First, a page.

I have intentionally built up a reputation as a bitter poetry listener who is eager to critique others' work. I rarely do this publicly, since the point is never to shame the poet. Often the offending poets are either young or new to a scene, and loudly rolling my eyes at them isn't going to help anyone. Or else the poet has been on the scene long enough for most listeners to realize that they have no shame, so why bother bringing up that their rhyming, meterless poem about how their spouse never leaves the toilet seat down, or how airline food is totally gross, am I right? is awful.
If I turn to a poet at the bar and say "Whoever gave that poet a rhyming dictionary, and told them that 'I want to insert my rutabaga into you but I'm afraid I'll break ya' was an acceptable line needs to be put on some sort of government watch list. Keep your eyes peeled for anyone enthusiastically clapping so we can report them." I'm doing it to make the other poet laugh, to stress that I enjoy their work more than the unfortunate thing happening on stage. I'm also saying it out loud as an affirmation that I should never do the thing I'm bashing.
I'm always trying to make poetry better. Not just my own, but other peoples'. And not out of benevolence or wisdom, but as self preservation, as I'm generally paid to be in a room where poetry is happening, and I'd rather it not be terrible.
The Tips From The Bar page was Simonne Beaubien's idea. I've enjoyed doing it because it keeps me thinking about what types of poems I like listening to, be it content-wise, structure-wise, or thematically. I'm never disappointed when a poet comes to the mic with a poem inspired by a Tip From The Bar, even if they completely ignored half the prompt, or if the prompt came from another member of the community. I'm always glad when someone tries something out of their usual comfort zone, or uses their signature style but writes about subject matter that they don't usually tackle.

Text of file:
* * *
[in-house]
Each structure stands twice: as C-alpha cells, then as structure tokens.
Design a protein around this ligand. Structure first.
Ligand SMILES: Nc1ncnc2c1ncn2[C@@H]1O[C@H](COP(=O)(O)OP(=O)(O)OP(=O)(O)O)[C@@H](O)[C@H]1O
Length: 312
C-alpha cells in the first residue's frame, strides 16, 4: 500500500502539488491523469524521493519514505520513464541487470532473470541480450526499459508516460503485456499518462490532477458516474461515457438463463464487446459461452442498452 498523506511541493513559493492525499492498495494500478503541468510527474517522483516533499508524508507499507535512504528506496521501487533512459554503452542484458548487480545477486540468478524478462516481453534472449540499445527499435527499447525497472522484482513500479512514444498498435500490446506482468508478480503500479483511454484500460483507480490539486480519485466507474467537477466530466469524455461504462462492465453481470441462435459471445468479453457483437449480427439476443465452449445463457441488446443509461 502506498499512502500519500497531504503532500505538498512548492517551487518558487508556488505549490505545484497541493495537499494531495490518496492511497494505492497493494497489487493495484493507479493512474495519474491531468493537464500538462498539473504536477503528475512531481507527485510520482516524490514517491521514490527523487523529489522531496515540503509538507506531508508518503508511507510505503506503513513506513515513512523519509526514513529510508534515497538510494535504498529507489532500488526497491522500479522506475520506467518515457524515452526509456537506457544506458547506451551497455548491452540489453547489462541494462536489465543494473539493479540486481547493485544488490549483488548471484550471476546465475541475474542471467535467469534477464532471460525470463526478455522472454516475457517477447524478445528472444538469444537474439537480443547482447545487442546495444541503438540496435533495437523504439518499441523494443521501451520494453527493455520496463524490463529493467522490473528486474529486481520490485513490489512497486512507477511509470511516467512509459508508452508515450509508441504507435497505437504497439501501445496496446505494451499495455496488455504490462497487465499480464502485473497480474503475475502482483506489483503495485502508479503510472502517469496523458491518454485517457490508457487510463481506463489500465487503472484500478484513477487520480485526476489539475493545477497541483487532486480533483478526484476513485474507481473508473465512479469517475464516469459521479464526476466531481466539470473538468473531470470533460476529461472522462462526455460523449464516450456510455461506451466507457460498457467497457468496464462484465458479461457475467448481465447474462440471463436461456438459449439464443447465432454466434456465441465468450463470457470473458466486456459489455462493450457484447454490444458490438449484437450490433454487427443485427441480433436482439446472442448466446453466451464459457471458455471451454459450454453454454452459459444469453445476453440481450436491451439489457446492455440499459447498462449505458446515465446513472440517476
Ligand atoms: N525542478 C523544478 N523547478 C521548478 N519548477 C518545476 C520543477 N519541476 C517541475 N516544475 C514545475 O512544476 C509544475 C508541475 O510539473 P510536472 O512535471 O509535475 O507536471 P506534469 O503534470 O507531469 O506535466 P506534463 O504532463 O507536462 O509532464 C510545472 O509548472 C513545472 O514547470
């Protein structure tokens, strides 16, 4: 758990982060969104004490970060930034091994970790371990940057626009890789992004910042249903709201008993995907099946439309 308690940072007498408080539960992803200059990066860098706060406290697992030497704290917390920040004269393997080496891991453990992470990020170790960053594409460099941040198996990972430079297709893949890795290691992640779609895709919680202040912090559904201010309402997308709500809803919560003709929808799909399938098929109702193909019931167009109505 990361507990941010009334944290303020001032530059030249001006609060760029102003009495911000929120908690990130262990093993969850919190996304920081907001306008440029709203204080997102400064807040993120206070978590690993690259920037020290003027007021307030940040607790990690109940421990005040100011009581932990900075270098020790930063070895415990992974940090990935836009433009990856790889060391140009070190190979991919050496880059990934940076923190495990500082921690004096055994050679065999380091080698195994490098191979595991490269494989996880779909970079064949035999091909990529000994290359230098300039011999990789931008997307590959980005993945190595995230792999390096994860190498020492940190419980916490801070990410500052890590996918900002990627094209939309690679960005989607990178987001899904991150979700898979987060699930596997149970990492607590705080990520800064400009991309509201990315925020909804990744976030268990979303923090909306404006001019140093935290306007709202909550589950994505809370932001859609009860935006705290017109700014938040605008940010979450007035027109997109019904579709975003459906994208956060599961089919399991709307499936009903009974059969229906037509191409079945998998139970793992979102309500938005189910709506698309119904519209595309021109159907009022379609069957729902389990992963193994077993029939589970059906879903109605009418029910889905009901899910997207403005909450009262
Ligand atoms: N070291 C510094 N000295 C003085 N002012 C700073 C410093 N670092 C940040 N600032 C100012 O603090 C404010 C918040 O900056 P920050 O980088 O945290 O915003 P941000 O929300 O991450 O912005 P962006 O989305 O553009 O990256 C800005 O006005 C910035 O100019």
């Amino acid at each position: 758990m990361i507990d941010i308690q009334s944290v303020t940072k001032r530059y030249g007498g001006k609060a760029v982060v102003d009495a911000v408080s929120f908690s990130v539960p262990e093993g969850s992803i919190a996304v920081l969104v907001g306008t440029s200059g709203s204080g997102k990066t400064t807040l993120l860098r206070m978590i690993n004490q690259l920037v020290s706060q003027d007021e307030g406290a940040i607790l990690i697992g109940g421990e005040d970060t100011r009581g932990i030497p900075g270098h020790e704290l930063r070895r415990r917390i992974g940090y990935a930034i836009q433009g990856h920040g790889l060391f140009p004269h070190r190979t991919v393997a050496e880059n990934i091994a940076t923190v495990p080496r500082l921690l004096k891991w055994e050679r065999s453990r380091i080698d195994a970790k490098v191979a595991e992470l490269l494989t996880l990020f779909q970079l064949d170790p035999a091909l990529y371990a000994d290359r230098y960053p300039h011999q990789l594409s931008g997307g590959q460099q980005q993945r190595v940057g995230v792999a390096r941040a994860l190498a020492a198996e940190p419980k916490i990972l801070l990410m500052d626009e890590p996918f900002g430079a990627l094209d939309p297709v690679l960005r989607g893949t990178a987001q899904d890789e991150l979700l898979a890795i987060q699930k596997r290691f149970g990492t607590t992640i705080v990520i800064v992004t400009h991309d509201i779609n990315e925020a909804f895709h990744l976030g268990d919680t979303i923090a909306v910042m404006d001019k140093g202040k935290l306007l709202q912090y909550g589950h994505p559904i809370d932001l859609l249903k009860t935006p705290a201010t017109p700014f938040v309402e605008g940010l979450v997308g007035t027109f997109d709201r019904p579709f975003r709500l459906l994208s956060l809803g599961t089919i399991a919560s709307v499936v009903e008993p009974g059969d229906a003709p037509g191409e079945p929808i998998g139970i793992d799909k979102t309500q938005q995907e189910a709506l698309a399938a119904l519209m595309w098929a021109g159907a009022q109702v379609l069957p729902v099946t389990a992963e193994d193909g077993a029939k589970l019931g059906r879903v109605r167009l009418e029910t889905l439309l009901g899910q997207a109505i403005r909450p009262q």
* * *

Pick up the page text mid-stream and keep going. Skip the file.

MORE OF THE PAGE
Every time I think I'm finished giving prompts for a while, I google the term "poetry prompts" or "poetry slam prompts" to see who else is out there giving tips online, and, y'all, it's bleak and trite.
For every Rachel Mckibbens, Nicole Homer, and Scott Woods blog of creative, well-thought out prompts, there are a thousand well-intentioned middle school teachers with pages that offer unhelpfully vague prompts such as "write about your family" or "write from a different perspective than your own", or else they throw four columns of words at you every week, encouraging you to send in your best poems using the words "screwdriver", "vicar", "volcano", and "sumptuous", but to "keep it PG" because they know what sumptuous thing you're going to be volcanoing on the vicar's face after he's done using that screwdriver to assemble your Ikea bed or whatever, and they don't want to know about it.
Where was I?
Right, I'm trying to keep the prompts on this page complex enough to not be super repetitive but also open-ended enough to allow poets to be creative enough so that if four poets show up with work from the same prompt, they're not all going to be doing terrible things to that vicar.
This week's prompt is to Google "poetry prompts" or "slam poem prompts" or something similar, and find a sight that either bores or enrages you. Write to the author of the page about why it missed the mark for you. DON'T SEND IT. It won't make anyone feel better. But share your unsent letter with others, to acknowledge that you respect them more than the person who created the page you're mocking. And to affirm to yourself that you will never make those specific mistakes.
BONUS PROMPT: Write a poem from one of the terrible prompts that is so awesome that you have to wonder if maybe that prompt wasn't so bad after all.
Write Or Die
Scott Woods's Twitter Prompts
Rachel Mckibbens' Prompt Blog
The 30/30 Prompt Blog
Asterisk And Sidebar Prompts